Some people who are sensitive to caffeine can’t reap the benefits of drinking green tea. Although green tea has less caffeine than coffee or some other energy drinks, consumers who are sensitive to caffeine can still suffer from sleeplessness, jitters or heart palpitations. The obvious solution is to drink decaffeinated green tea.
A highly recommended decaffeinated green tea extract product is Life Extension Decaffeinated Mega Green Tea Extract.
Green Tea Extract is a decaf option of the ancient herb, offering all the benefits of green tea and none of the jitters. Green Tea Plus contains only trace amounts of caffeine, just enough to provide health promoting benefits—as well as additional nutrients such as trace minerals and is naturally sweetened with Magic Fruit extract for added flavor.
This product allows you to get all the health benefits of green tea in an easy and delicious way. It combines the traditional benefits of drinking green tea with modern science. Green Tea Extract is a concentrated, standardized extract of the tender young leaves of he Camellia Sinesis plant, boosted with 72 trace minerals, and naturally sweetened.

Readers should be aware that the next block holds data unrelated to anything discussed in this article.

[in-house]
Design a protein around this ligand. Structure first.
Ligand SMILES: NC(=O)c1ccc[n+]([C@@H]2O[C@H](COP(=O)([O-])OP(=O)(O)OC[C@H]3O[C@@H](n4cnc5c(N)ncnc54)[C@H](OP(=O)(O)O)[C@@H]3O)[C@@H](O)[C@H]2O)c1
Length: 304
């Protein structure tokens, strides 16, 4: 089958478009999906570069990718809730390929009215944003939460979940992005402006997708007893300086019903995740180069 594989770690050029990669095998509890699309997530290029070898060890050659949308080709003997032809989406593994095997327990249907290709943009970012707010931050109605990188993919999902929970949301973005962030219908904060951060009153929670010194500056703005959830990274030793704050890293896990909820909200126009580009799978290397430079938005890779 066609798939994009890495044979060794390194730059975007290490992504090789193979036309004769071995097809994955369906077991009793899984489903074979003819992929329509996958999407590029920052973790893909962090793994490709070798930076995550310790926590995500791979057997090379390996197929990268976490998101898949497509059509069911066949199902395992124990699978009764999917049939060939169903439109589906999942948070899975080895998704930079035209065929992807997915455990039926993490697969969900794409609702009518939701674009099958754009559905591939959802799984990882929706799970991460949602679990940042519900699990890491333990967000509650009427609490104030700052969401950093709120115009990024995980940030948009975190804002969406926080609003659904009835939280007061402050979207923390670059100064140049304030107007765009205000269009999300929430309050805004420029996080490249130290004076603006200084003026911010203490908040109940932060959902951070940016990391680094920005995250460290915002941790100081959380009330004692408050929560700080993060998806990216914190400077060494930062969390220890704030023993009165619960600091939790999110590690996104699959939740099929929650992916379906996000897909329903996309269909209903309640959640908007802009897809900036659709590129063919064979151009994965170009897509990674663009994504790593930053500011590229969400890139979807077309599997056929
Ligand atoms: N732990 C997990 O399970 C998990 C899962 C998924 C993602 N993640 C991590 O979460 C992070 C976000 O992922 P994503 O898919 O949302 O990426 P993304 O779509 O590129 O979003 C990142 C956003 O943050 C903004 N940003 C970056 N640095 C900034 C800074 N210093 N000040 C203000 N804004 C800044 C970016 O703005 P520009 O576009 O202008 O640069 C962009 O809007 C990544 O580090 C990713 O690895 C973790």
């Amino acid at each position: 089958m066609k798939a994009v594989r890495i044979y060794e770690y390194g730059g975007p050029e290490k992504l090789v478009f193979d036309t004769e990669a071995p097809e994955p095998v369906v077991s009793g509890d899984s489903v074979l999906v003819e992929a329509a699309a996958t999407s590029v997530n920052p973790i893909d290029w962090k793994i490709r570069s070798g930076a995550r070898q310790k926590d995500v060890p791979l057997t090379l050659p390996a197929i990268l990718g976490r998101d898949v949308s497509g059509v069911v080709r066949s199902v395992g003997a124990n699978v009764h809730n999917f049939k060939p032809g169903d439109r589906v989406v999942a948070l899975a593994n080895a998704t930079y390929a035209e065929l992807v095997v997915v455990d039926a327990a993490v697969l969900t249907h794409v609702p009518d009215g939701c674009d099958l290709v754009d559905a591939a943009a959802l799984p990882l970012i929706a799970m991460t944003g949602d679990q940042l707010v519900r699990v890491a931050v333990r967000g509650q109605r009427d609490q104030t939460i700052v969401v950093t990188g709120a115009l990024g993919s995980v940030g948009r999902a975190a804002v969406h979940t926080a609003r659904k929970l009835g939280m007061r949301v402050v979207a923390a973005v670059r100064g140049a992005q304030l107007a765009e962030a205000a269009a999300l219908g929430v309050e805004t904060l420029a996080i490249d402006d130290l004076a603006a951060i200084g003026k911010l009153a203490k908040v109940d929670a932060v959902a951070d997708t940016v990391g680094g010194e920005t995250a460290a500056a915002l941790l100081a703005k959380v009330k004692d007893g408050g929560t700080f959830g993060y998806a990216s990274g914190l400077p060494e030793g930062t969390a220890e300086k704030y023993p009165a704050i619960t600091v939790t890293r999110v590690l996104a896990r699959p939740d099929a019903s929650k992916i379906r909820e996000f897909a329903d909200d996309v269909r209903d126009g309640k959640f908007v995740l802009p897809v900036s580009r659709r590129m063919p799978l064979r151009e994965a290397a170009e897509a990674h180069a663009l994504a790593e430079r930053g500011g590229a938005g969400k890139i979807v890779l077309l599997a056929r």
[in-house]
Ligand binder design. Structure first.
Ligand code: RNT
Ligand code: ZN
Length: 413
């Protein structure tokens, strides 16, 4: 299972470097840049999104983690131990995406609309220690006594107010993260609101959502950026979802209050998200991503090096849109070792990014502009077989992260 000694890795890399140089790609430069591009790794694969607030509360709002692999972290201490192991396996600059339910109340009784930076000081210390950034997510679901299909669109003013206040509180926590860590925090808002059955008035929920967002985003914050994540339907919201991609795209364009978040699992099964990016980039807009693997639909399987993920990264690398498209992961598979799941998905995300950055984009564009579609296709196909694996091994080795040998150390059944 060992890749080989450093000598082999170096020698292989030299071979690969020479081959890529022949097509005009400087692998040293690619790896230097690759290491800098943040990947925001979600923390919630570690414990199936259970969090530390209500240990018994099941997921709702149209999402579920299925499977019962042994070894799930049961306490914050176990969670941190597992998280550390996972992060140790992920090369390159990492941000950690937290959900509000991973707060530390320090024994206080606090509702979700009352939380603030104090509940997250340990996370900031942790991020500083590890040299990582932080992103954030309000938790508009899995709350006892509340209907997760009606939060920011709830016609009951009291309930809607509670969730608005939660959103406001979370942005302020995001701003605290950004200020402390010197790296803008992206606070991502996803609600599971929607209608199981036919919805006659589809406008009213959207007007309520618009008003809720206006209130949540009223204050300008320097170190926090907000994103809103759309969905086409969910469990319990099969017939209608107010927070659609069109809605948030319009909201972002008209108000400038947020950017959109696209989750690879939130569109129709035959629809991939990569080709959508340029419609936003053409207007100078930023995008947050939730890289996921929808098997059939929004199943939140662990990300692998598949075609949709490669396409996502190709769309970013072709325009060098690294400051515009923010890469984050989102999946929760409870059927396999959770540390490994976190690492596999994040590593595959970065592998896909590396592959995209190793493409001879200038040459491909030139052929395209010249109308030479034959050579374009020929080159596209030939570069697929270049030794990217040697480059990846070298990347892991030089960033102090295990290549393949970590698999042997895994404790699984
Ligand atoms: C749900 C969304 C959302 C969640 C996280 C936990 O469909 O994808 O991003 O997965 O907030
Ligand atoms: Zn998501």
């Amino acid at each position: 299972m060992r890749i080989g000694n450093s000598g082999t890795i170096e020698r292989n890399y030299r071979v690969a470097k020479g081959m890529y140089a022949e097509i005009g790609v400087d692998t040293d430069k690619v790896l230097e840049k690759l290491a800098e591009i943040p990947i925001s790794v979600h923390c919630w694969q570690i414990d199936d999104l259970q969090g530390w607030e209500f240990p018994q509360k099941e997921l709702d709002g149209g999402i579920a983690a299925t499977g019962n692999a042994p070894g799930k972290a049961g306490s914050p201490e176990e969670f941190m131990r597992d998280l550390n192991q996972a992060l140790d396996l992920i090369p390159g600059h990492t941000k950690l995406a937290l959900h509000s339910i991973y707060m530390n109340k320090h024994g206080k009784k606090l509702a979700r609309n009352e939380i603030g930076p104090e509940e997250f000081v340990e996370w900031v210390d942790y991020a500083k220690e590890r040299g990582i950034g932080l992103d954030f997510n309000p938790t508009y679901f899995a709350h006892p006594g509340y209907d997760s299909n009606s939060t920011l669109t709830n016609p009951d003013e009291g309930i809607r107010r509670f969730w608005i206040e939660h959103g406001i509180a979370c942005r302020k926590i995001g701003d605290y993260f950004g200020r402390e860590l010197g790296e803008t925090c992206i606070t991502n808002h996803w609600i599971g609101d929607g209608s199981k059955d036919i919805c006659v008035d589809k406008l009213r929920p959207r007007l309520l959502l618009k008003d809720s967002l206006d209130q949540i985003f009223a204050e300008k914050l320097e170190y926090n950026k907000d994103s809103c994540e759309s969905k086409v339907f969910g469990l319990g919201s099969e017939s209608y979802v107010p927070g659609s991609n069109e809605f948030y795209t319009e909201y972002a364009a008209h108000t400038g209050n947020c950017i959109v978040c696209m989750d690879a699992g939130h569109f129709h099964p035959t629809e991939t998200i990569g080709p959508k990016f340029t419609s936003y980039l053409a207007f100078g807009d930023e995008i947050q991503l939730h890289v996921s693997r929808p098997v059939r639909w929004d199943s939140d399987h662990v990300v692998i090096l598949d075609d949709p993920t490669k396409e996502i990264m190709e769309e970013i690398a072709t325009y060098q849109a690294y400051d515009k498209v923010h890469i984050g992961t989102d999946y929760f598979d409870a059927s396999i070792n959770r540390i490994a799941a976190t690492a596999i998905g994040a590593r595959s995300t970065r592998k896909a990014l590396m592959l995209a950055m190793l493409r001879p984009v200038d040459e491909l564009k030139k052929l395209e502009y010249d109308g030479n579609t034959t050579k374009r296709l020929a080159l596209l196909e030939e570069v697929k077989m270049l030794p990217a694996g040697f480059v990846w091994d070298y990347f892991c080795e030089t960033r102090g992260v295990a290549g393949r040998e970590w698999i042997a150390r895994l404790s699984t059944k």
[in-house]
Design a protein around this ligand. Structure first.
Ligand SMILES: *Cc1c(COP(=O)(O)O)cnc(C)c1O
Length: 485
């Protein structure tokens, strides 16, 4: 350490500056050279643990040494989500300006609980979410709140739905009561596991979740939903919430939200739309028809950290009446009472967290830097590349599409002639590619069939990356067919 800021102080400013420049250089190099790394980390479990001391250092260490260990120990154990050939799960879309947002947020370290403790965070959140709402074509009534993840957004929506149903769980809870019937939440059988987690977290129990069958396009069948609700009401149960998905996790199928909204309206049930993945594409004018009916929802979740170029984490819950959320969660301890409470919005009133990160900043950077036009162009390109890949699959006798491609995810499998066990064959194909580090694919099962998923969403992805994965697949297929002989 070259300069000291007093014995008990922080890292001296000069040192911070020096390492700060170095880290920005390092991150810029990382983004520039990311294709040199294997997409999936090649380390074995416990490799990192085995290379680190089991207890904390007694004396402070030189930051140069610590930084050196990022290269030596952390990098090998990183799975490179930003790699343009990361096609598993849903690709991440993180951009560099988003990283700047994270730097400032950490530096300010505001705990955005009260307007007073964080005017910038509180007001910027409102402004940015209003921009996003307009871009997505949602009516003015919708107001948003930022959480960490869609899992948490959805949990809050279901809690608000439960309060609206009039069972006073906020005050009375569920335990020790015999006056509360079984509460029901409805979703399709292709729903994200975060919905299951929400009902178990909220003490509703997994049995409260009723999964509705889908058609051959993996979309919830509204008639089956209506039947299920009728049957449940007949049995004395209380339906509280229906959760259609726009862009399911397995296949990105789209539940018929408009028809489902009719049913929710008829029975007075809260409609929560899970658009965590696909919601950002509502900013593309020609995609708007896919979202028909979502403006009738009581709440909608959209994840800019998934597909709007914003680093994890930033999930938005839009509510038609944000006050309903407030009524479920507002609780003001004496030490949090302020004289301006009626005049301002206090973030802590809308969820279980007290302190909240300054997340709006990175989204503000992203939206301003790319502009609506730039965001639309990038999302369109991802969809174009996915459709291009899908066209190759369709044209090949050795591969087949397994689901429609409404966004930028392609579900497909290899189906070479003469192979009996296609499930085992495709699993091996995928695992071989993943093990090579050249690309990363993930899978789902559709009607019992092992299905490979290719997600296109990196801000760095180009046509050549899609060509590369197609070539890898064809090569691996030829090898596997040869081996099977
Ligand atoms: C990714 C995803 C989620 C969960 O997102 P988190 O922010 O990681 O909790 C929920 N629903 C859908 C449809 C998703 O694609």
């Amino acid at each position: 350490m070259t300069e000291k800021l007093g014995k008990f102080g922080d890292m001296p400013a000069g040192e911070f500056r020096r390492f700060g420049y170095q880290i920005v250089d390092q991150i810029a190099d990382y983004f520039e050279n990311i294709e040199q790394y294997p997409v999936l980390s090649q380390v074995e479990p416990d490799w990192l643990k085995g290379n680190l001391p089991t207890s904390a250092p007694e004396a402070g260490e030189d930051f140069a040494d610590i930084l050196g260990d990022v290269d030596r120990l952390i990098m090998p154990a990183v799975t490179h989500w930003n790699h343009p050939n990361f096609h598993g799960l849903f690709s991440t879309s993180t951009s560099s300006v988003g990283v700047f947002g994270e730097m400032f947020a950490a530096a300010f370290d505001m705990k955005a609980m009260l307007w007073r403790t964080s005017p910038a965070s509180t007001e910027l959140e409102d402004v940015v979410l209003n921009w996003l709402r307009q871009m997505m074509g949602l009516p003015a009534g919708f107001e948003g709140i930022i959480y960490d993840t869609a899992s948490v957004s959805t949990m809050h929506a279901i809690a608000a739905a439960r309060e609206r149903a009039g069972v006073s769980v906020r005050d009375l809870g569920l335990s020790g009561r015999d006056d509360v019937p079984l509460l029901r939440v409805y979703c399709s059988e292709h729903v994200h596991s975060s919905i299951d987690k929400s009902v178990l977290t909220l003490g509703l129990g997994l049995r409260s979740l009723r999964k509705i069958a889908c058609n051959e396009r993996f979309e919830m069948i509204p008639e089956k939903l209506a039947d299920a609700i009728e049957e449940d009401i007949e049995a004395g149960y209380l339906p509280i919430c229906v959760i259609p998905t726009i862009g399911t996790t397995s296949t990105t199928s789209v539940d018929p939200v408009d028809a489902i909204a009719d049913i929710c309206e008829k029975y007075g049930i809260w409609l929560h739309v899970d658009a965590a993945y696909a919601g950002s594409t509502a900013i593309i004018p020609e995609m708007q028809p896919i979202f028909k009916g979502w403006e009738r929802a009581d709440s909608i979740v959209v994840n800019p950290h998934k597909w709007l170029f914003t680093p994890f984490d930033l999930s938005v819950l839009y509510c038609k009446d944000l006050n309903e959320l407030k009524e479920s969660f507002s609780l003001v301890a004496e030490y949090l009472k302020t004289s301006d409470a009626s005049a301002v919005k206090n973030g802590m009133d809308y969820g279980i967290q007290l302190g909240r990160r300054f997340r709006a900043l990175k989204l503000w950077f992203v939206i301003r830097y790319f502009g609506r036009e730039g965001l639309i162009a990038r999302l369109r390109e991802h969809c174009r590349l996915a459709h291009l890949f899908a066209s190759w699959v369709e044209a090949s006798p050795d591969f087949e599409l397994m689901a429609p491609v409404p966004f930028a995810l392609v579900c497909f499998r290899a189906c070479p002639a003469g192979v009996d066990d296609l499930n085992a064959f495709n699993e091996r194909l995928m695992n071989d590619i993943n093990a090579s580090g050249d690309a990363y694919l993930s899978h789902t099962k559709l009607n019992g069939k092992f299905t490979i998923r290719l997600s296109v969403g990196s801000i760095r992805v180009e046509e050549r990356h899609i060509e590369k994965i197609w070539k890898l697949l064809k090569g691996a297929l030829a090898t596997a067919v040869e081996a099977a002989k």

The botanical extract in Life Extension Green Tea Extract has been concentrated and dual standardized to ensure the highest quality, consistency and biological activity. This advanced extract contains 98% total polyphenols and 45% epigallocatechin-3-gallate (EGCG).
One capsule of Green Tea Extract with 200mg EGCg possesses the phytonutrient content equal to about 2-3 cups of green tea. Green Tea Extracts contains numerous compounds, including Polyphenols and Catechins, that provide potent antioxidant benefits.
Green tea tips
Drink your green tea without milk. Existing evidence seems to say that milk dilutes some of tea’s health benefits, especially for people suffering from heart problems and type 2 diabetes.
Catechins are responsible for the beneficial effects of green tea by stimulating the production of chemical nitric oxide. But animal milk contains proteins called casein. These proteins bind to the catechins, reducing their concentration and effectiveness.
Try using soya milk. Soya milk contains lecithin that has a different molecular structure to casein, and so is unlikely to bind to tea catechin the way casein does.